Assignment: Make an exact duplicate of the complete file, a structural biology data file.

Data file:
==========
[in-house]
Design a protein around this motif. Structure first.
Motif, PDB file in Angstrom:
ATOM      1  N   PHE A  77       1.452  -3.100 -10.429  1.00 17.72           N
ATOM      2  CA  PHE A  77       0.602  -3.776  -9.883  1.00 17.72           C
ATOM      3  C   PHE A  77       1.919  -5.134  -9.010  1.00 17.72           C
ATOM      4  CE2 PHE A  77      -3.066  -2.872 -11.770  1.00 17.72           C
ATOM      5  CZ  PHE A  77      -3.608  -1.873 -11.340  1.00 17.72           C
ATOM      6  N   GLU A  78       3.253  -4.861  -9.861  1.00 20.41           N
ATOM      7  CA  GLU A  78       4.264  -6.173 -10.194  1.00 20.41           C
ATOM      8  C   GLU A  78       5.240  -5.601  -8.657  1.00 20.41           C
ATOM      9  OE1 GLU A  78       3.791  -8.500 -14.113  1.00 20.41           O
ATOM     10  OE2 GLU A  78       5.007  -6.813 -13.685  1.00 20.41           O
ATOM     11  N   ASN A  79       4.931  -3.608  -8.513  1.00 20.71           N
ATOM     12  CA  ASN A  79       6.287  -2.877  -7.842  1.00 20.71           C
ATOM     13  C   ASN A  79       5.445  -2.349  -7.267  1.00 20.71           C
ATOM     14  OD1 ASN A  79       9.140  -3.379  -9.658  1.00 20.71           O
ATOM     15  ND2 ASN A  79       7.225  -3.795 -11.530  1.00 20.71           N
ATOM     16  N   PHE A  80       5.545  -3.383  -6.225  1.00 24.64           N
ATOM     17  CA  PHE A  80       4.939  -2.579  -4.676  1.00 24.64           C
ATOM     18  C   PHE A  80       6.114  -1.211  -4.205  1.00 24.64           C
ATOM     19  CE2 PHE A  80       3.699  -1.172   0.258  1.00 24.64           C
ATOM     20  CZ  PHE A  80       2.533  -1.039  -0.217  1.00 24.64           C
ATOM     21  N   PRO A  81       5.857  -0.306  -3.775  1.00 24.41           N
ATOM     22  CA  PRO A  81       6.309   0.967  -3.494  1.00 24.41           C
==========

[in-house]
Design a protein around this motif. Structure first.
Motif, PDB file in Angstrom:
ATOM      1  N   PHE A  77       1.452  -3.100 -10.429  1.00 17.72           N
ATOM      2  CA  PHE A  77       0.602  -3.776  -9.883  1.00 17.72           C
ATOM      3  C   PHE A  77       1.919  -5.134  -9.010  1.00 17.72           C
ATOM      4  CE2 PHE A  77      -3.066  -2.872 -11.770  1.00 17.72           C
ATOM      5  CZ  PHE A  77      -3.608  -1.873 -11.340  1.00 17.72           C
ATOM      6  N   GLU A  78       3.253  -4.861  -9.861  1.00 20.41           N
ATOM      7  CA  GLU A  78       4.264  -6.173 -10.194  1.00 20.41           C
ATOM      8  C   GLU A  78       5.240  -5.601  -8.657  1.00 20.41           C
ATOM      9  OE1 GLU A  78       3.791  -8.500 -14.113  1.00 20.41           O
ATOM     10  OE2 GLU A  78       5.007  -6.813 -13.685  1.00 20.41           O
ATOM     11  N   ASN A  79       4.931  -3.608  -8.513  1.00 20.71           N
ATOM     12  CA  ASN A  79       6.287  -2.877  -7.842  1.00 20.71           C
ATOM     13  C   ASN A  79       5.445  -2.349  -7.267  1.00 20.71           C
ATOM     14  OD1 ASN A  79       9.140  -3.379  -9.658  1.00 20.71           O
ATOM     15  ND2 ASN A  79       7.225  -3.795 -11.530  1.00 20.71           N
ATOM     16  N   PHE A  80       5.545  -3.383  -6.225  1.00 24.64           N
ATOM     17  CA  PHE A  80       4.939  -2.579  -4.676  1.00 24.64           C
ATOM     18  C   PHE A  80       6.114  -1.211  -4.205  1.00 24.64           C
ATOM     19  CE2 PHE A  80       3.699  -1.172   0.258  1.00 24.64           C
ATOM     20  CZ  PHE A  80       2.533  -1.039  -0.217  1.00 24.64           C
ATOM     21  N   PRO A  81       5.857  -0.306  -3.775  1.00 24.41           N
ATOM     22  CA  PRO A  81       6.309   0.967  -3.494  1.00 24.41           C